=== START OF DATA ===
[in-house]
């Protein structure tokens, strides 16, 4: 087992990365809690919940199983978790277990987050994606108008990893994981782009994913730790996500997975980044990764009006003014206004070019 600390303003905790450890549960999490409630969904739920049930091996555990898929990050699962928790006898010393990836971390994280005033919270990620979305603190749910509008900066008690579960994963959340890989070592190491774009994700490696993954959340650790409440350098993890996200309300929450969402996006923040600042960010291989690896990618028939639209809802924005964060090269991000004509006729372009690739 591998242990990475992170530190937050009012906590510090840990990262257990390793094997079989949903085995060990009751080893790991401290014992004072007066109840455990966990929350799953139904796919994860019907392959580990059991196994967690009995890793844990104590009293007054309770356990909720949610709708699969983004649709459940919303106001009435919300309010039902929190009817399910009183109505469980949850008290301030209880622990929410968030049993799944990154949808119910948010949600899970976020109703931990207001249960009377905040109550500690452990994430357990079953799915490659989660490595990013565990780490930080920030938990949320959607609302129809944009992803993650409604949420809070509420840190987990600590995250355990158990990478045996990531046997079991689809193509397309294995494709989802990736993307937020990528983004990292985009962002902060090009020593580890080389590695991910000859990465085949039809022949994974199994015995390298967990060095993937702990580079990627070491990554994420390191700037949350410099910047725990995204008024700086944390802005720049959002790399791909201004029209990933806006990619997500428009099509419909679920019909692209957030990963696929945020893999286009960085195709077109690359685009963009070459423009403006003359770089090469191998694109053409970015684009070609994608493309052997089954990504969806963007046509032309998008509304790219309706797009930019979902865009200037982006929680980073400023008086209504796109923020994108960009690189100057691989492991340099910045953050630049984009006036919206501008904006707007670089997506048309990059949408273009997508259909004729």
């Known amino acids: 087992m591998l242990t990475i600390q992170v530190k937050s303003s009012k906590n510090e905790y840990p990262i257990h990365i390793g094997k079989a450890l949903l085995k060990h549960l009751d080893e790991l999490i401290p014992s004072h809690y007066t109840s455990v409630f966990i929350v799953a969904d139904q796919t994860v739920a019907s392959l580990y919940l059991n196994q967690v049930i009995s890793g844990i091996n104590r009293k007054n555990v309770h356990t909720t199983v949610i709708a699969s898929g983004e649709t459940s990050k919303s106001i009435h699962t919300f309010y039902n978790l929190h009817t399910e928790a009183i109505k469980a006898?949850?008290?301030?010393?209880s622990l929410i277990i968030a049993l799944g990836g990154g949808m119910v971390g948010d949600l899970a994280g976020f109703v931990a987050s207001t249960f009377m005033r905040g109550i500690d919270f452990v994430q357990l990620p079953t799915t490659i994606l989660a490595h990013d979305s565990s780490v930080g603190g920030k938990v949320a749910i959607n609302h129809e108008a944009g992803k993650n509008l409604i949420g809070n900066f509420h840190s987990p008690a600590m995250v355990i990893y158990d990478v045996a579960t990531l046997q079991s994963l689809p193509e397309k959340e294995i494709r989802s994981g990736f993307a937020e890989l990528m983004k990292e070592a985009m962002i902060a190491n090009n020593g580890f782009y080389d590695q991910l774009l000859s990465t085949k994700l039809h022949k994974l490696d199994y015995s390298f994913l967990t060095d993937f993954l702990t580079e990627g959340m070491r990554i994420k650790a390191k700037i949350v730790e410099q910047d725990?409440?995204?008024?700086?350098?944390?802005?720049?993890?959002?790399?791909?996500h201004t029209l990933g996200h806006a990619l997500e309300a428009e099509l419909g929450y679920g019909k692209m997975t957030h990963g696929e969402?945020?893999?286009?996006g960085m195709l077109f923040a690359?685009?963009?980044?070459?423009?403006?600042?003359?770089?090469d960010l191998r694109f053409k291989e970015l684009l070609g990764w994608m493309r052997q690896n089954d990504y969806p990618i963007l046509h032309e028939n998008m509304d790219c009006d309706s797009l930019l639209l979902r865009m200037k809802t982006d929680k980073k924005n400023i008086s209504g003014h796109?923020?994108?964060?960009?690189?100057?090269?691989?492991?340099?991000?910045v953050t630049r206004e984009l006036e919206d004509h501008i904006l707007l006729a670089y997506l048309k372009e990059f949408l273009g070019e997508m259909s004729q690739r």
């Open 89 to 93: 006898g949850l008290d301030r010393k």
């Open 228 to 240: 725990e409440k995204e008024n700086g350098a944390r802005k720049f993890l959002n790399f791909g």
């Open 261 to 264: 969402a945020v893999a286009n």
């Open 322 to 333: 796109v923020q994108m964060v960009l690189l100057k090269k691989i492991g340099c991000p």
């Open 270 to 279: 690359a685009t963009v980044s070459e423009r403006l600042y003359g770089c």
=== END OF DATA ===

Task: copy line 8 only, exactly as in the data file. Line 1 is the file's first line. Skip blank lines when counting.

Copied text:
């Open 270 to 279: 690359a685009t963009v980044s070459e423009r403006l600042y003359g770089c």